Pumpkin Helps Reduce Wrinkles, Balance Electrolytes and May Reduce Cancer Risk
It’s that time of year when pumpkin mania hits; pumpkin Jack o’ Lanterns, carving contests and of course pumpkin pie.
And when it comes to Mother Nature, she has it all figured out.
This bright orange squash plant is harvested in late fall, just in time for the body to collect needed nutrients for the winter.
Like squash, pumpkin is thought to have originated in North America. However, the oldest confirmation of pumpkin-related seeds dates back to 7000 and 5500 BC. These seeds were found in Mexico.
Centuries before pilgrims landed in North America, Native American Indians used pumpkin as a staple in their diets. Oftentimes the pumpkin was dried into strips for extra winter nutrition. Pumpkin was also cut into long strips and roasted over an open fire. In addition, dried pumpkin was woven into mats. Indians would also roast long strips of pumpkin on the open fire and eat them.
Today, pumpkin is one of the most popular crops grown in North America. There are 1.5 billion pounds (680,000,000 kilograms) of pumpkins produced each year. The chief pumpkin producing states are California, Illinois, Ohio, Indiana and Pennsylvania.
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Pumpkin’s Impressive Health Benefits
There are endless mouthwatering recipes for pumpkin such as
- Pumpkin pie
- Pumpkin Spice Muffins
- Pumpkin Spice Latte
- Vegan Pumpkin Ice Cream
- Pumpkin risotto
- Roasted Pumpkin-Apple Soup
- Sweet and Spicy Canned Pumpkin
- Even pumpkin beer
Not only does pumpkin make some marvelous meals but this lovely orange squash has some impressive health benefits:
Protects the Skin and Reduce Wrinkles
According to Health magazine, pumpkins orange coloring is from carotenoids; a wrinkle-fighting plant pigment that aids in neutralizing free radicals in the skin. When free radicals are neutralized, cells that quickly damage and age the skin are thwarted.
Pumpkin is loaded with vitamins A, C, and E plus effective enzymes that hydrates and cleanses the skin .
Helps Balance Electrolytes after an Intense Workout
Did you know that pumpkin contains more refueling nutrient potassium than bananas? Just one cup of cooked pumpkin has 564 milligrams. One cup of bananas has 422 milligrams.
Consuming just a little extra potassium will help restore the body’s balance of electrolytes after an intense workout. The added potassium will also keep your muscles functioning at their best.
May Reduce Cancer Risk
Like other orange vegetables, pumpkin contains a high amount of antioxidant beta-carotene. According to the National Cancer Institute, beta-carotene may be a possible solution to cancer prevention. Their studies also found that beta-carotene foods sources are a lot more effective than supplements.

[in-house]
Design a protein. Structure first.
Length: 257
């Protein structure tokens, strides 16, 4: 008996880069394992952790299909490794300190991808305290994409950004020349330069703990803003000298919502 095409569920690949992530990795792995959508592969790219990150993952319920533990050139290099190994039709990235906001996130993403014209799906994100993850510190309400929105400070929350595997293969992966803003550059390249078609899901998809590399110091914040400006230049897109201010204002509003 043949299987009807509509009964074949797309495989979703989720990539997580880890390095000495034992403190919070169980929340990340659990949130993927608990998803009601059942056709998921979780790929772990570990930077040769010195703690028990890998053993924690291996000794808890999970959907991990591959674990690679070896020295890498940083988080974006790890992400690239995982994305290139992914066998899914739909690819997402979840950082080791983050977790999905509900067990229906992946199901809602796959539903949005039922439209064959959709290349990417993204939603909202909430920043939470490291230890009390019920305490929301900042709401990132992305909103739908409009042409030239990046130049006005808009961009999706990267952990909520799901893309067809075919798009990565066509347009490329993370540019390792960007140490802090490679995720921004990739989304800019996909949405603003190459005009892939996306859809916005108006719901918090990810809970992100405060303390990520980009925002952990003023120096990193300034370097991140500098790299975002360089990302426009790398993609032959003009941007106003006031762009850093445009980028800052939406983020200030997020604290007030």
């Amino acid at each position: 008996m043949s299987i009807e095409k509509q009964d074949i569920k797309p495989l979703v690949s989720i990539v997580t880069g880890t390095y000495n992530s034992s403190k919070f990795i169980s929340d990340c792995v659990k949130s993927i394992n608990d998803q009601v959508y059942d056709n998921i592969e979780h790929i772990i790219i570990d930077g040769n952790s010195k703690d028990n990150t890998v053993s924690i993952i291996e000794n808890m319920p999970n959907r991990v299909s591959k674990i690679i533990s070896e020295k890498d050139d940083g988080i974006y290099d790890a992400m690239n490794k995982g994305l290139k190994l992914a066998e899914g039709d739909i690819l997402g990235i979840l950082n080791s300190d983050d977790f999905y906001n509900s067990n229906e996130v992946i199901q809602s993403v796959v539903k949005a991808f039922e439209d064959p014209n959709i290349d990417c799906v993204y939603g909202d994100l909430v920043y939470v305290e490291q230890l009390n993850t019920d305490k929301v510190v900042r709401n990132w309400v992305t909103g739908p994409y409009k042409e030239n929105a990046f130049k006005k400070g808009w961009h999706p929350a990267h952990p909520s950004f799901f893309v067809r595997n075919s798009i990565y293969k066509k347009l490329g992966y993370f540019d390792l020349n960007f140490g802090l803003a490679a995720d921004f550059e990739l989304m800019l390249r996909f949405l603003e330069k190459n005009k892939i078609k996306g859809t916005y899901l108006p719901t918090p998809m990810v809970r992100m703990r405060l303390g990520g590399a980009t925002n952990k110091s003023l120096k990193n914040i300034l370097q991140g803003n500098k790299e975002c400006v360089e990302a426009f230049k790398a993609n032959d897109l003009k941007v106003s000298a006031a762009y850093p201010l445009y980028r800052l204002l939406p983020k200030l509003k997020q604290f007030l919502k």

As well, pumpkin seeds are said to help fight off particular cancers.
Other Health Benefits of Pumpkin
Pumpkin is a widely grown vegetable that is rich in vital antioxidants and vitamins. In truth, it has a wide array of health benefits. Here are just a few of the many health giving properties:
Keeps Eyesight Sharp -Just cup of cooked pumpkin contains more than 200 percent of the recommended daily intake of vitamin A. It is vitamin A that helps vision, particularly in dim light.
Assists with Weight Loss – Pumpkin is a great source of fiber. In fact, it has three grams of fiber per one-cup serving and only 49 calories. The low calories and high fiber are said to help with weight loss. In effect, pumpkin can keep you feeling full for longer on less calories. According to research, a fiber-rich diet appears to help people eat less, and thus helps them lose weight. Just one serving can help you stay fuller and consume less throughout a meal.
May Boost Immune System – Many researchers claim that Vitamin C can boost the immune system and ward off colds. One cup of pumpkin contains more than 11 milligrams of Vitamin C. That is near 20 percent of the IOM (Institute for Medicine) recommendations for women and about 16 percent for men.
The health benefits of pumpkin seeds are numerous, from preventing prostate cancer to a natural curative for depression.
Help Your Heart – Rich in phytosterols (a plant based substance), pumpkins seeds are said to reduce LDL or “bad” cholesterol in scientific studies.
Boost Your Mood – High in the amino acid tryptophan (helps produce serotonin), pumpkin plays a large role in boosting your mood. Just a handful of pumpkin seeds may help fight depression.
Cancer Prevention – Pumpkins seeds are high in phytosterols, a natural plant steroid compound said to lower cholesterol also protect against many cancers such as prostate cancer.
Natural Anti-Inflammatory – without the side effects of anti-inflammatory drugs, pumpkin seeds effectively reduce inflammation.
Recipe Ideas for Pumpkin
There are worlds of pumpkin recipes that are extraordinarily delicious. Here are just a few:
Great Sources for buying Organic Pumpkin Seeds
Under no circumstances is this article intended for healthcare advice. It is highly recommended that you seek a qualified healthcare specialist if you are having health issues or before taking certain herbs or foods like pumpkin for medicinal use.
Close-up of pumpkin: Pumpkin via photopin (license)
Many pumpkins on table: lanterns or pies via photopin (license)
White pumpkins: IMG_6162 via photopin (license)
Pumpkins at the market: orange via photopin (license)
Pumpkin seeds: Pumpkin guts via photopin (license)
Coconut pumpkin custard: my_amii via photopin cc